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projects > remote sensing of water turbidity and sedimentation in florida bay and biscayne bay > abstract

Detection of Seagrass Cover and Water Clarity in Florida Bay and the Keys

Richard P. Stumpf, Michael J. Durako, James W. Fourqurean, Varis Ransibrahmanakul, and Megan L. Frayer

Remote sensing of changes in water clarity and seagrass cover in Florida Bay.

Previously we have reported on turbid water and benthic cover changes in Florida Bay from 1985 to 1997 using Advanced Very High Resolution Radiometer (AVHRR) imagery. The imagery confirmed the increase in turbidity starting in late 1987, as well as a decrease in the extent of bottom cover in the Bay. The bay continued to show decreased cover and increased turbidity through 1997.

In 1997, the imagery indicated reduced turbidity and increased bottom cover in the northwest Bay southwest of Flamingo. We found extensive Halodule along Dave Foy Bank in winter 1998. Field sampling from 1998 showed some recovery of seagrass in the NW region.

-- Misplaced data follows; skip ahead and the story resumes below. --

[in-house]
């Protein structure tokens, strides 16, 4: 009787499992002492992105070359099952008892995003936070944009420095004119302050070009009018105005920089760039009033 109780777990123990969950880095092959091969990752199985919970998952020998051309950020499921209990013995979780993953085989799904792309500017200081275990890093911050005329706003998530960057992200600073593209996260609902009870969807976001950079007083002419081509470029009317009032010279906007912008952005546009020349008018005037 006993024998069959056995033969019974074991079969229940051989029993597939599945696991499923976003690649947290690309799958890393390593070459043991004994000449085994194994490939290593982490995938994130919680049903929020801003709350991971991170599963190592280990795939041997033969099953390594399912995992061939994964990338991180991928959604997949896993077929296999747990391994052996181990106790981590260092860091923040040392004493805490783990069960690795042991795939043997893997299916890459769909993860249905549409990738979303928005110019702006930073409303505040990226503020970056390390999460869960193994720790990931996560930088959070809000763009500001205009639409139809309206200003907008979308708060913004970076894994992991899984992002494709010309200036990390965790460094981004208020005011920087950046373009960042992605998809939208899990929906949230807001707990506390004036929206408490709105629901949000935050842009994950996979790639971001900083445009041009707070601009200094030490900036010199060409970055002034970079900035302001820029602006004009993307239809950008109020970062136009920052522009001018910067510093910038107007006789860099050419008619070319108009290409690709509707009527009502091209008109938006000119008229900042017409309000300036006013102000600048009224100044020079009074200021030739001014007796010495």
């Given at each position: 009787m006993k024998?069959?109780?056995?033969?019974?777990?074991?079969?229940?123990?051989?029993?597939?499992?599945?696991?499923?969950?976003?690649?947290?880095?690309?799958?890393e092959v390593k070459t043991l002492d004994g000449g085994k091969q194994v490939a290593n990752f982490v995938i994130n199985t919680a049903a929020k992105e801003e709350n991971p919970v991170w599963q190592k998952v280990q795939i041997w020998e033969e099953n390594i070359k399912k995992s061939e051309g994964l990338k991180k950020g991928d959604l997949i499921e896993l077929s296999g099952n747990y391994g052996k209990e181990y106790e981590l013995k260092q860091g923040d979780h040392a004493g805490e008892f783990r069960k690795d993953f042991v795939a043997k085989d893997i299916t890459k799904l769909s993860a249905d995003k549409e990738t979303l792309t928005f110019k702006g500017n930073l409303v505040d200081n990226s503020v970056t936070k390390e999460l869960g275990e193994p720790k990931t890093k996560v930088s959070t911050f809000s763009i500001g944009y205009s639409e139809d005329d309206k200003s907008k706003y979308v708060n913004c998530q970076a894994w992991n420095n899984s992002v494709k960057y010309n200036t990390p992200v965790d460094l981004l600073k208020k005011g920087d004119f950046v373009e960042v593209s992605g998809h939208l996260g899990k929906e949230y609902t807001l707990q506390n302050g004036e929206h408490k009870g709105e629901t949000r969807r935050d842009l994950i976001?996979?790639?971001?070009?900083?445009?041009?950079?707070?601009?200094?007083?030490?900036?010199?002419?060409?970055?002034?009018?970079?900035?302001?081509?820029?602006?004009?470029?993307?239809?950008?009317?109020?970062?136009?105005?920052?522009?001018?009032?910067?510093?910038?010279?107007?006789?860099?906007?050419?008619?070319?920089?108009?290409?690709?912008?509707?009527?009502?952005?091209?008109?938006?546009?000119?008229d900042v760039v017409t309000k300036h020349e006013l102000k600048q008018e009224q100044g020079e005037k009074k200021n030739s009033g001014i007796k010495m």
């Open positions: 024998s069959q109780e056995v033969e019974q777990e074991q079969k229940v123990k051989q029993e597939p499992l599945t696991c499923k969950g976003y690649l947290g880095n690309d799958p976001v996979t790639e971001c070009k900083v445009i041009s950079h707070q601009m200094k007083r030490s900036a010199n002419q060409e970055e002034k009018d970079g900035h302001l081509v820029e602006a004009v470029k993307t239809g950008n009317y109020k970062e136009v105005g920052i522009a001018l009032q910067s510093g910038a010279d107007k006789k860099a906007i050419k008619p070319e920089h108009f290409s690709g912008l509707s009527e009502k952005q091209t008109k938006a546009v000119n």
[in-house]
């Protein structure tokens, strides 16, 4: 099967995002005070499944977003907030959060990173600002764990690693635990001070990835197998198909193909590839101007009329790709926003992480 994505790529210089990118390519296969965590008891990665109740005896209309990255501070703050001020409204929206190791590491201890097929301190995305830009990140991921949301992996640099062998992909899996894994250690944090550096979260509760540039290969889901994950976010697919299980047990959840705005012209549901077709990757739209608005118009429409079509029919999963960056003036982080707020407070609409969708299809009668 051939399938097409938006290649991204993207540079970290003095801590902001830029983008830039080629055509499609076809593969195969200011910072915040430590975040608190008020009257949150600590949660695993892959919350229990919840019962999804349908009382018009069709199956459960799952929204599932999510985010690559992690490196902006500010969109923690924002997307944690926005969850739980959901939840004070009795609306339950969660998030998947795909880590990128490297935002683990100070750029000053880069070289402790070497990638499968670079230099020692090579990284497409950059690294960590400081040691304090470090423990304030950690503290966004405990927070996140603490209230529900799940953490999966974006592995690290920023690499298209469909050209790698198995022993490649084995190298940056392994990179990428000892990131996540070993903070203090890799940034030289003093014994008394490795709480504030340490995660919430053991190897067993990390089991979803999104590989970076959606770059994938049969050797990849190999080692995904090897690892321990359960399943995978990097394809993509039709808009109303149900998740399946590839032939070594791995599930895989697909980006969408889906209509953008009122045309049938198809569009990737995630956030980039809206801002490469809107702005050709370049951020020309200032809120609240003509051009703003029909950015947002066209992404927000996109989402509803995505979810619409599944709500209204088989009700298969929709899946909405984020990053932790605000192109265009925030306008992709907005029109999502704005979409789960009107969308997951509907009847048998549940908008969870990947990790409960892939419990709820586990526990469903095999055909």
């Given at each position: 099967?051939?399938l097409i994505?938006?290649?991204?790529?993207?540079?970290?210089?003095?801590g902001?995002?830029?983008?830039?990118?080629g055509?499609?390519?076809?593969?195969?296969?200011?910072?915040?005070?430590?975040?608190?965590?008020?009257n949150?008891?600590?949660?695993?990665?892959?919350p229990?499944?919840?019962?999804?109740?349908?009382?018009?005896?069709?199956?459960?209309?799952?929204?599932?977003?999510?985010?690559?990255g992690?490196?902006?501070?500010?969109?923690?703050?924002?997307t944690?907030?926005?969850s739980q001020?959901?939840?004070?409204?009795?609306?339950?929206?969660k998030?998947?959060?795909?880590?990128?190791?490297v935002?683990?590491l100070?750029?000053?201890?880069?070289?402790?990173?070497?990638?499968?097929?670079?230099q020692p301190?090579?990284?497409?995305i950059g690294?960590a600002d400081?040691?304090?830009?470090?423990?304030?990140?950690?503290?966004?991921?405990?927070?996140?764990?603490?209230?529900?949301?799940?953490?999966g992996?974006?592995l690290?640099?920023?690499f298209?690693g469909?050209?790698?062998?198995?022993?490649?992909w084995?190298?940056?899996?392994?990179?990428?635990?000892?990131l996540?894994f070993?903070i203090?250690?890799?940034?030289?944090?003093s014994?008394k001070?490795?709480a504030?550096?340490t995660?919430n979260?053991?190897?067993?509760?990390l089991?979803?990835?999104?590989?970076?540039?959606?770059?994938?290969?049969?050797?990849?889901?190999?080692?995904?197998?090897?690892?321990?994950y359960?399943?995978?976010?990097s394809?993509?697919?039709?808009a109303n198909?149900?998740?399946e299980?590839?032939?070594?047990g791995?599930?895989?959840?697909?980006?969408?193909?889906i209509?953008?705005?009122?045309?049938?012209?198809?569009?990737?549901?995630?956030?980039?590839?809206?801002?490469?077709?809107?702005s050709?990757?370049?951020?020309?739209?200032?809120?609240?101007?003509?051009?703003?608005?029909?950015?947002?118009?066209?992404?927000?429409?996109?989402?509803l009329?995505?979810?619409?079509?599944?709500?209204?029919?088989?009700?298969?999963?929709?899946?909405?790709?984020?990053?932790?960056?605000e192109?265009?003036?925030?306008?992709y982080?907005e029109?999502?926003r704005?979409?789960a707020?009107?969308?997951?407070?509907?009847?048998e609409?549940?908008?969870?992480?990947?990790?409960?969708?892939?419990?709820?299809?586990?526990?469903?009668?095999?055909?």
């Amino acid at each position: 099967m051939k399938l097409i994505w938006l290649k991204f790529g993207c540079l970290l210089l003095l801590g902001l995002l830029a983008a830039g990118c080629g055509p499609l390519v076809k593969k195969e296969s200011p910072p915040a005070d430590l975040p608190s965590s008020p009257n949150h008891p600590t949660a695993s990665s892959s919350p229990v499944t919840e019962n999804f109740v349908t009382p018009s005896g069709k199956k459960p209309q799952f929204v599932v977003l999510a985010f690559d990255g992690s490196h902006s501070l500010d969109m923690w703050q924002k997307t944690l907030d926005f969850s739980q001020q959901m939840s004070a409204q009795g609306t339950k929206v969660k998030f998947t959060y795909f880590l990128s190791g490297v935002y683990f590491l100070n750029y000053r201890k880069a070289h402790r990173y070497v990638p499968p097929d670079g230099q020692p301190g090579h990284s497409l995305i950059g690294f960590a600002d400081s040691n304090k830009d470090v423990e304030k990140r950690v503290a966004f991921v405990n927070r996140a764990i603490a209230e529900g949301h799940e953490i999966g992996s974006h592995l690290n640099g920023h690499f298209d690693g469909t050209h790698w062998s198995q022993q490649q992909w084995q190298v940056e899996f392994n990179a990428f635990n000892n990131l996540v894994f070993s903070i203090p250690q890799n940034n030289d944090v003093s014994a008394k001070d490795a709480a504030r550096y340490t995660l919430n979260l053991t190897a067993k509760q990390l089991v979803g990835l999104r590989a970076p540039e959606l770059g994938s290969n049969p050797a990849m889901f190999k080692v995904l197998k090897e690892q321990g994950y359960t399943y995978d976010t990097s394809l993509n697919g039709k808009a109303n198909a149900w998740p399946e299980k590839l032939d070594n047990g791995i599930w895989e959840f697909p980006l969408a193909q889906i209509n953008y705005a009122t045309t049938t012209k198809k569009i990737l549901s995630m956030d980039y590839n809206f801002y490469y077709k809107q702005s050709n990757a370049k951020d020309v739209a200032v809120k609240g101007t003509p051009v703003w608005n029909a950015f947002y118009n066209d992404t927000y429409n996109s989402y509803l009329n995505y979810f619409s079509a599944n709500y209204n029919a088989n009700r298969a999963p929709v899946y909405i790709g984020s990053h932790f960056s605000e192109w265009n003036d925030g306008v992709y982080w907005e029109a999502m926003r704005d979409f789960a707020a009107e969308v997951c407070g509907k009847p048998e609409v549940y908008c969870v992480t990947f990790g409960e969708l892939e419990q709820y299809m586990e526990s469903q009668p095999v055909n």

In late 1997, the SeaWiFS (Sea Wide Field-of-View) instrument was launched. SeaWiFS provides the same resolution as AVHRR (1 km pixel), with coverage about every two days. It offers a key improvement over AVHRR, as it was designed to monitor ocean chlorophyll as well as water clarity. With optical remote sensing, there is no fundamental distinction between seagrass chlorophyll and phytoplankton chlorophyll. Areas of dense seagrass in shallow water show relatively high chlorophyll, areas of sparse seagrass show low chlorophyll. SeaWiFS offers an additional data set for refinement of the methods applied to AVHRR for monitoring of seagrass. Using depth information and field data from 1998 and 1999, we are able to determine the sensitivity of the SeaWiFS method for monitoring seagrass in Florida Bay and the Keys, and monitor for seagrass in shallow water.

(This abstract was taken from "Programs and Abstracts - 1999 Florida Bay and Adjacent Marine Systems Science Conference". (PDF, 1 MB))

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